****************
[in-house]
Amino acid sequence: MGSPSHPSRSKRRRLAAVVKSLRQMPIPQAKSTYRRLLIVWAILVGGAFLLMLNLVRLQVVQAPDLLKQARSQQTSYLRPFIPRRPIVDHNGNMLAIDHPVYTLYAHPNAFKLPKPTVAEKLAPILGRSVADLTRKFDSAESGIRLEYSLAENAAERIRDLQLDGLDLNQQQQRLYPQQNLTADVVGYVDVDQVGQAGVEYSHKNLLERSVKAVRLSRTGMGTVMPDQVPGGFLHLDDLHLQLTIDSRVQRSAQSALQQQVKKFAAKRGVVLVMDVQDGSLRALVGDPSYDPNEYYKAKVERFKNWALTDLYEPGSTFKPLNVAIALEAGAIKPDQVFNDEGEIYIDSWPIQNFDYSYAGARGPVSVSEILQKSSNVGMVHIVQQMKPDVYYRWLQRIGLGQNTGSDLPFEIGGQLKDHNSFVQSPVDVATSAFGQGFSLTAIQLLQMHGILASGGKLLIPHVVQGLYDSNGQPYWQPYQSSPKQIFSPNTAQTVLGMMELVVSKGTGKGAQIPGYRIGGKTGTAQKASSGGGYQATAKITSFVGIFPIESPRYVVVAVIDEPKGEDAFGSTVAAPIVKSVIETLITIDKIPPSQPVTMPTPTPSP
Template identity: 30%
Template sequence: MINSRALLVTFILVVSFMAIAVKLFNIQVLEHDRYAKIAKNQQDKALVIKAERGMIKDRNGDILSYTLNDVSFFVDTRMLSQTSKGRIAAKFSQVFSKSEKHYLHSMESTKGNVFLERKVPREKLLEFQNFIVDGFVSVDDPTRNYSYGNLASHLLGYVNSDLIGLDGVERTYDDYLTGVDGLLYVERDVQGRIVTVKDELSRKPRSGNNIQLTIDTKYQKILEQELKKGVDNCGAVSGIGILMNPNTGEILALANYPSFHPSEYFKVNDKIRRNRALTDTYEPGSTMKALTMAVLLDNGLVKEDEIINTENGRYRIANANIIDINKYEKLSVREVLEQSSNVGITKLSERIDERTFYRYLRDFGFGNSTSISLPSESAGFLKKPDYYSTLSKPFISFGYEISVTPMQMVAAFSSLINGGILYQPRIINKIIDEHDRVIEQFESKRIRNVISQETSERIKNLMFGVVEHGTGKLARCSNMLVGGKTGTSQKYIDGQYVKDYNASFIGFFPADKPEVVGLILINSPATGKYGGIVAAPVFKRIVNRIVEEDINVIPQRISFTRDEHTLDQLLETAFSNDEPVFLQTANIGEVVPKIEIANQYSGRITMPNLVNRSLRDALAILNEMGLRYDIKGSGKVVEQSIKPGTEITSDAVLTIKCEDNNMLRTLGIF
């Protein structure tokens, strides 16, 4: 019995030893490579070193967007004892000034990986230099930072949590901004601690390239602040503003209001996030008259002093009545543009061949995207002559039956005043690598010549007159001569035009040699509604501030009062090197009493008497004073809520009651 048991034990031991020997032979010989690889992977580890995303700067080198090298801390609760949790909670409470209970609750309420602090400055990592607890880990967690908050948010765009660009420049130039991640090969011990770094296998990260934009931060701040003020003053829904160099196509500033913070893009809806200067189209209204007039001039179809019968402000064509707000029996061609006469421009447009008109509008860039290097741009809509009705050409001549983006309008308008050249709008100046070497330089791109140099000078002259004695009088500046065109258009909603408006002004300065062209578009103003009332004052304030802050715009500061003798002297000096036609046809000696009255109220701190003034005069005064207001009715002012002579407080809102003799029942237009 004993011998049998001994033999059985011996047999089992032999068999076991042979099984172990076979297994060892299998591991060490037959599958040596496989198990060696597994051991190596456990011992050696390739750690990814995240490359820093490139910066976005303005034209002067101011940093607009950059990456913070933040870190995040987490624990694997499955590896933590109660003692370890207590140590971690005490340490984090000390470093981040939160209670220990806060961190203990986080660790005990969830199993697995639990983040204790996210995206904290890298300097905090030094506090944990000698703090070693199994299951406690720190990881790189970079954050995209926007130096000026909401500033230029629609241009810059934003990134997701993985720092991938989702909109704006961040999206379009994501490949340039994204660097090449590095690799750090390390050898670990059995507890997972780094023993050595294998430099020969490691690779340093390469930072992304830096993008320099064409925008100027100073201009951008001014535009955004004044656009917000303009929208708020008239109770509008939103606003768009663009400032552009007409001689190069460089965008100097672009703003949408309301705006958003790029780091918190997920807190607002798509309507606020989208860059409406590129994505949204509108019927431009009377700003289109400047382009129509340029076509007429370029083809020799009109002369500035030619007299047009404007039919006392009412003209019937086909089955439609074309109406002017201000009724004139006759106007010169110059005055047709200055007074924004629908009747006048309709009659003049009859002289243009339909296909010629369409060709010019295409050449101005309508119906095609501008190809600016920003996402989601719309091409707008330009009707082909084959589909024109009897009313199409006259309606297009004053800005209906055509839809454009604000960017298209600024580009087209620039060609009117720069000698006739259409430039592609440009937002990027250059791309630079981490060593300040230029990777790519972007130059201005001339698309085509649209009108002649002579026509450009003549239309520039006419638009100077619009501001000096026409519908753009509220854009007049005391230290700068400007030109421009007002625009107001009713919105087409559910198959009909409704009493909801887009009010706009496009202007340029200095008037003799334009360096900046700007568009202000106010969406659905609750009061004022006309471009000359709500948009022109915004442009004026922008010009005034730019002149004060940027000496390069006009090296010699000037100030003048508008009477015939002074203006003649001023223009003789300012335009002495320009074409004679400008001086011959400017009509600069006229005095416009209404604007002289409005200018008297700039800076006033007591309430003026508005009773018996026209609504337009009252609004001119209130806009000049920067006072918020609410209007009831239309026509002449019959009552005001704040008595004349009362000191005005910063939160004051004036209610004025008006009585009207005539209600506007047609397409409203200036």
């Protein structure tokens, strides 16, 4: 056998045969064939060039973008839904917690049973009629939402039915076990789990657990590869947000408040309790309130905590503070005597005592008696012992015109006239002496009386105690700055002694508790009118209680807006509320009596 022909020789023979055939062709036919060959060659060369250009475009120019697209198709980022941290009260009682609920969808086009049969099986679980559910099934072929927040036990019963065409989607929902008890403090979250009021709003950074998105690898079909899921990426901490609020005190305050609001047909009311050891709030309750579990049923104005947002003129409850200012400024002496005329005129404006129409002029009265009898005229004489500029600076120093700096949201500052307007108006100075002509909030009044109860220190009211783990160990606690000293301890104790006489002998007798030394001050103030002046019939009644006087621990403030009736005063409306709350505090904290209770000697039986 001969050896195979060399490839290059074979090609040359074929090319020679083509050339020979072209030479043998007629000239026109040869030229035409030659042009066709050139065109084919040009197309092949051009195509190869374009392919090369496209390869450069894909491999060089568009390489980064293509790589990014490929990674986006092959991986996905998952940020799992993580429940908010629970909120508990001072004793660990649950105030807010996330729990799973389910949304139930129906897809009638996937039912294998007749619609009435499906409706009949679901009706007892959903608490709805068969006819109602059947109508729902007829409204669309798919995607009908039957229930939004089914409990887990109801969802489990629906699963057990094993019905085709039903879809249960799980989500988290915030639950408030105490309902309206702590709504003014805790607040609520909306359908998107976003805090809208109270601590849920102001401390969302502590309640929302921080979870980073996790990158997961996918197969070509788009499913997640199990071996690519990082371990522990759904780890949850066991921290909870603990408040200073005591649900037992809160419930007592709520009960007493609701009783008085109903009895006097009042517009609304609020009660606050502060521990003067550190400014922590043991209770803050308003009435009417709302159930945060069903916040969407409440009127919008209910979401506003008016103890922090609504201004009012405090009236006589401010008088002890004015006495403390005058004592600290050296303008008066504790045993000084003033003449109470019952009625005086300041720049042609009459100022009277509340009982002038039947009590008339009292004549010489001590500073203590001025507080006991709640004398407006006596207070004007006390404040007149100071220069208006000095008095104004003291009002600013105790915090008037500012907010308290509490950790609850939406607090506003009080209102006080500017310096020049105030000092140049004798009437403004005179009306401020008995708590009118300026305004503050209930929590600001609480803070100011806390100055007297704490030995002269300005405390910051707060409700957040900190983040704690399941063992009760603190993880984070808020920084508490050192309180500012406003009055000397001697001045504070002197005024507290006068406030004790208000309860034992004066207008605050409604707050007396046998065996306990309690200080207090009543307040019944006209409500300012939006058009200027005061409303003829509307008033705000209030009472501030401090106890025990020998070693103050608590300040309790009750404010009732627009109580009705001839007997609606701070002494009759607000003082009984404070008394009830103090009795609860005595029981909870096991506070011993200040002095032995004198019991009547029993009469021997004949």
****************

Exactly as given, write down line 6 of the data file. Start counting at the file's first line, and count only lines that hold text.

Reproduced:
């Protein structure tokens, strides 16, 4: 056998045969064939060039973008839904917690049973009629939402039915076990789990657990590869947000408040309790309130905590503070005597005592008696012992015109006239002496009386105690700055002694508790009118209680807006509320009596 022909020789023979055939062709036919060959060659060369250009475009120019697209198709980022941290009260009682609920969808086009049969099986679980559910099934072929927040036990019963065409989607929902008890403090979250009021709003950074998105690898079909899921990426901490609020005190305050609001047909009311050891709030309750579990049923104005947002003129409850200012400024002496005329005129404006129409002029009265009898005229004489500029600076120093700096949201500052307007108006100075002509909030009044109860220190009211783990160990606690000293301890104790006489002998007798030394001050103030002046019939009644006087621990403030009736005063409306709350505090904290209770000697039986 001969050896195979060399490839290059074979090609040359074929090319020679083509050339020979072209030479043998007629000239026109040869030229035409030659042009066709050139065109084919040009197309092949051009195509190869374009392919090369496209390869450069894909491999060089568009390489980064293509790589990014490929990674986006092959991986996905998952940020799992993580429940908010629970909120508990001072004793660990649950105030807010996330729990799973389910949304139930129906897809009638996937039912294998007749619609009435499906409706009949679901009706007892959903608490709805068969006819109602059947109508729902007829409204669309798919995607009908039957229930939004089914409990887990109801969802489990629906699963057990094993019905085709039903879809249960799980989500988290915030639950408030105490309902309206702590709504003014805790607040609520909306359908998107976003805090809208109270601590849920102001401390969302502590309640929302921080979870980073996790990158997961996918197969070509788009499913997640199990071996690519990082371990522990759904780890949850066991921290909870603990408040200073005591649900037992809160419930007592709520009960007493609701009783008085109903009895006097009042517009609304609020009660606050502060521990003067550190400014922590043991209770803050308003009435009417709302159930945060069903916040969407409440009127919008209910979401506003008016103890922090609504201004009012405090009236006589401010008088002890004015006495403390005058004592600290050296303008008066504790045993000084003033003449109470019952009625005086300041720049042609009459100022009277509340009982002038039947009590008339009292004549010489001590500073203590001025507080006991709640004398407006006596207070004007006390404040007149100071220069208006000095008095104004003291009002600013105790915090008037500012907010308290509490950790609850939406607090506003009080209102006080500017310096020049105030000092140049004798009437403004005179009306401020008995708590009118300026305004503050209930929590600001609480803070100011806390100055007297704490030995002269300005405390910051707060409700957040900190983040704690399941063992009760603190993880984070808020920084508490050192309180500012406003009055000397001697001045504070002197005024507290006068406030004790208000309860034992004066207008605050409604707050007396046998065996306990309690200080207090009543307040019944006209409500300012939006058009200027005061409303003829509307008033705000209030009472501030401090106890025990020998070693103050608590300040309790009750404010009732627009109580009705001839007997609606701070002494009759607000003082009984404070008394009830103090009795609860005595029981909870096991506070011993200040002095032995004198019991009547029993009469021997004949």